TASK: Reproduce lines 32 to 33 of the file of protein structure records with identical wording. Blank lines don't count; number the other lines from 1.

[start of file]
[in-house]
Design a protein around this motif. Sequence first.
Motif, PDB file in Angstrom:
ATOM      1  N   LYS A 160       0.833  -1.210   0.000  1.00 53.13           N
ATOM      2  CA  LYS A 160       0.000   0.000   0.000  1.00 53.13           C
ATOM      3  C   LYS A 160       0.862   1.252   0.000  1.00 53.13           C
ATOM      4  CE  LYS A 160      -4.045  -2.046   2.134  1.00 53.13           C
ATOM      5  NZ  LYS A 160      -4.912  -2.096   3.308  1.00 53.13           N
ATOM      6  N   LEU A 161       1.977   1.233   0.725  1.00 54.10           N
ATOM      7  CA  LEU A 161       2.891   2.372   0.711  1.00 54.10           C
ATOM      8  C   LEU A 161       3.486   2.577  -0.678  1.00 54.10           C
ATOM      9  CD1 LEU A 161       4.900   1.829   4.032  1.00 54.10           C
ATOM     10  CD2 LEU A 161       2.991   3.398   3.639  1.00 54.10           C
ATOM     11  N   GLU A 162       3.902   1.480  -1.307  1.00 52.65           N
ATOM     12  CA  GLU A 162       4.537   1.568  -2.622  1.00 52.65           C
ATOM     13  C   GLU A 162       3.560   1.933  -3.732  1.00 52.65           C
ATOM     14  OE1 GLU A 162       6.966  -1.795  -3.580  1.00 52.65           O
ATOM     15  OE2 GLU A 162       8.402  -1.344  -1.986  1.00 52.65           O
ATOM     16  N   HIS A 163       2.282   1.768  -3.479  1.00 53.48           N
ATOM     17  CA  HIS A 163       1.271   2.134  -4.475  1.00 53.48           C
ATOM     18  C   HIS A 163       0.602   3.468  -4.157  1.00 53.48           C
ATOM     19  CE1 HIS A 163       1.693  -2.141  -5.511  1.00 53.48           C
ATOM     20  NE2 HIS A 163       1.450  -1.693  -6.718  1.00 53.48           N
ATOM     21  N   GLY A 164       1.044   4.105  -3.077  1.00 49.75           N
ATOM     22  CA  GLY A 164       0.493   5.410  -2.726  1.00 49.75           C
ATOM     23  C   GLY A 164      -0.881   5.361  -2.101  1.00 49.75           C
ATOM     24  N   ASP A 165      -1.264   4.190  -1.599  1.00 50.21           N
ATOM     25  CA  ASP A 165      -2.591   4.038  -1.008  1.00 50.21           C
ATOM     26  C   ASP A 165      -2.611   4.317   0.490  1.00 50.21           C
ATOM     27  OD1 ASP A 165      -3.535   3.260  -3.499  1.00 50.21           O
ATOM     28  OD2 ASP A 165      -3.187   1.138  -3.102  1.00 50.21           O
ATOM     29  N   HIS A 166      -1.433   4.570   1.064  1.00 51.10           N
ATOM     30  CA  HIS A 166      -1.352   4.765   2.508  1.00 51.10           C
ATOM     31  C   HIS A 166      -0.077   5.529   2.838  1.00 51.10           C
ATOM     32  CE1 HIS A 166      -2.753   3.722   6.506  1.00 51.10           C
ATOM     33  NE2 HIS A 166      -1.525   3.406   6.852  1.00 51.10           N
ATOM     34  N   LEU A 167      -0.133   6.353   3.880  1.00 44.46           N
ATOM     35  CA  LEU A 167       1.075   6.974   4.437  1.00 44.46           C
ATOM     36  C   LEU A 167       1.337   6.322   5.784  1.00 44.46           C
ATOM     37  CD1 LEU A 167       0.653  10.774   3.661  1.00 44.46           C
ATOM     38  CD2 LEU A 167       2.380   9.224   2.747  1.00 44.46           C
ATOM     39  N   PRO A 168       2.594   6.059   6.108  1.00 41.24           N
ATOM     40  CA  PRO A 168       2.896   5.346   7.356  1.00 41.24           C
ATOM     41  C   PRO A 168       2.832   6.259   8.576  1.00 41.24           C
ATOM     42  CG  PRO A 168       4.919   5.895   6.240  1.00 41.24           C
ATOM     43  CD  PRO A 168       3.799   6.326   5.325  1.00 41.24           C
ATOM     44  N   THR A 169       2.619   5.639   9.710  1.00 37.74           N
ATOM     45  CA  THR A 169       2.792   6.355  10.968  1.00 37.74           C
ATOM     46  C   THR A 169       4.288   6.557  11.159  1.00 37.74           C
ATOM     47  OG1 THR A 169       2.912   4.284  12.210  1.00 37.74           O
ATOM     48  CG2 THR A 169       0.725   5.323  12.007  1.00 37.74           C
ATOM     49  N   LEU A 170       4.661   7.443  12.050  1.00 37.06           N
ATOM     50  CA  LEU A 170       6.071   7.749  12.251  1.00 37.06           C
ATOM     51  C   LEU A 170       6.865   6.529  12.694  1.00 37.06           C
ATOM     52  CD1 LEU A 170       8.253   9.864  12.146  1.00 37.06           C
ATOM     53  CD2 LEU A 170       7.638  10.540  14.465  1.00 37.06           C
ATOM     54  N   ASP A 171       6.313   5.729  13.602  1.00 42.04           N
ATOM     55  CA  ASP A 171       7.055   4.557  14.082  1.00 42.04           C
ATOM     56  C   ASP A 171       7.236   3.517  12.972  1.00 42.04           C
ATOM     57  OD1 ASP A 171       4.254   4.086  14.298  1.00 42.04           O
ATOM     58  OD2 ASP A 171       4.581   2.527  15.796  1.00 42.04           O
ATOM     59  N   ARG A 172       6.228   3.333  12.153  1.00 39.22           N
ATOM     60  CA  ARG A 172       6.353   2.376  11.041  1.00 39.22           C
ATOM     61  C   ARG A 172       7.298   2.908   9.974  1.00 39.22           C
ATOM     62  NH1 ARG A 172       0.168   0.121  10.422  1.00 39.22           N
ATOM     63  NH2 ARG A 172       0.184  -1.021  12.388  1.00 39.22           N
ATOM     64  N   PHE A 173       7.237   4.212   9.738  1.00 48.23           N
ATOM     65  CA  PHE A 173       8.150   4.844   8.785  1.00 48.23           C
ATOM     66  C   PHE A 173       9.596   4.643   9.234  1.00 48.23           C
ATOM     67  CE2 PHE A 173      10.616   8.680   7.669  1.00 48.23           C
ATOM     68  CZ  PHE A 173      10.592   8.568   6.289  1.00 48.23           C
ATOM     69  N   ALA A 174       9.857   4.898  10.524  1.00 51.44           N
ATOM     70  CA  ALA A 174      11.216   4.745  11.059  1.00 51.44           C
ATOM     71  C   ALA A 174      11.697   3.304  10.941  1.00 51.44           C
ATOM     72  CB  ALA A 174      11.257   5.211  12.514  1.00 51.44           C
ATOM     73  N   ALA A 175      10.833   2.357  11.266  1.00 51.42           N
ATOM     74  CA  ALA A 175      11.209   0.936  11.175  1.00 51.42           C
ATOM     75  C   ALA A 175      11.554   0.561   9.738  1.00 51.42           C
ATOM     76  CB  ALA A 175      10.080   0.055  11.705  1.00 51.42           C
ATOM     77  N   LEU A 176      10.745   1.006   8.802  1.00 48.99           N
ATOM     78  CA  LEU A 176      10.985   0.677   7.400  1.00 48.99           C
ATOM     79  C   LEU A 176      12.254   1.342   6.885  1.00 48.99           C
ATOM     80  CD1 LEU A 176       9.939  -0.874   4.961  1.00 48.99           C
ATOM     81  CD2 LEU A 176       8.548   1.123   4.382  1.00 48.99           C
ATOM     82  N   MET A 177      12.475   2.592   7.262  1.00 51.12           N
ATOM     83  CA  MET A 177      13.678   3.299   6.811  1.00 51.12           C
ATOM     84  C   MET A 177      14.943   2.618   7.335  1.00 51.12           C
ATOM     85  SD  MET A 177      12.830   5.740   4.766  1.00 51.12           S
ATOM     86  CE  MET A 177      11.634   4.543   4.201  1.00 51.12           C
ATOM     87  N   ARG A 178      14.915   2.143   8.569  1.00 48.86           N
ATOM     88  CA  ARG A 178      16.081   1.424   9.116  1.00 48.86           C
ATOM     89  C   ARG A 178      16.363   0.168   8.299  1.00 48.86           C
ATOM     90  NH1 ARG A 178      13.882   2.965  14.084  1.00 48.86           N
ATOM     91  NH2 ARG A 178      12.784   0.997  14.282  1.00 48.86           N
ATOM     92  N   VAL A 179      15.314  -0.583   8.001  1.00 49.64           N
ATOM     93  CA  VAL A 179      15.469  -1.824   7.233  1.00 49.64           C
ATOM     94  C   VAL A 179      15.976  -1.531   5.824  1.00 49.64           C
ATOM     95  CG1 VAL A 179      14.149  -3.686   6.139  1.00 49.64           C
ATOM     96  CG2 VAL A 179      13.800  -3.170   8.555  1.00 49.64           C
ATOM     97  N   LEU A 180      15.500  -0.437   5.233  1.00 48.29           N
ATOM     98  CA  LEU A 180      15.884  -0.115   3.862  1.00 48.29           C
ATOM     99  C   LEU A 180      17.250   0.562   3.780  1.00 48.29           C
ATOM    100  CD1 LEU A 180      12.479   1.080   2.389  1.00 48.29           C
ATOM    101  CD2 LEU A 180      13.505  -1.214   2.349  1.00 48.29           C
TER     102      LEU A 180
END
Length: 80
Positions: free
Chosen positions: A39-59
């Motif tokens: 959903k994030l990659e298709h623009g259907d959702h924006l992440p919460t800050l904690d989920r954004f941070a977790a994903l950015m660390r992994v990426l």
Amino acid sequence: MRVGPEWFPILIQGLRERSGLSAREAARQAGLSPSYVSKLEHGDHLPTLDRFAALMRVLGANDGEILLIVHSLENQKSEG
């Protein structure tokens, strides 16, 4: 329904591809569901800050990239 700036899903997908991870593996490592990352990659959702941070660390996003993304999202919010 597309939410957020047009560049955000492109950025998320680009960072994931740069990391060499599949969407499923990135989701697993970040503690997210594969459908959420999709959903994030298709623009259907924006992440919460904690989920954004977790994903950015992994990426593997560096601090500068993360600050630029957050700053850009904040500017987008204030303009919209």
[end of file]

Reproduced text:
ATOM     29  N   HIS A 166      -1.433   4.570   1.064  1.00 51.10           N
ATOM     30  CA  HIS A 166      -1.352   4.765   2.508  1.00 51.10           C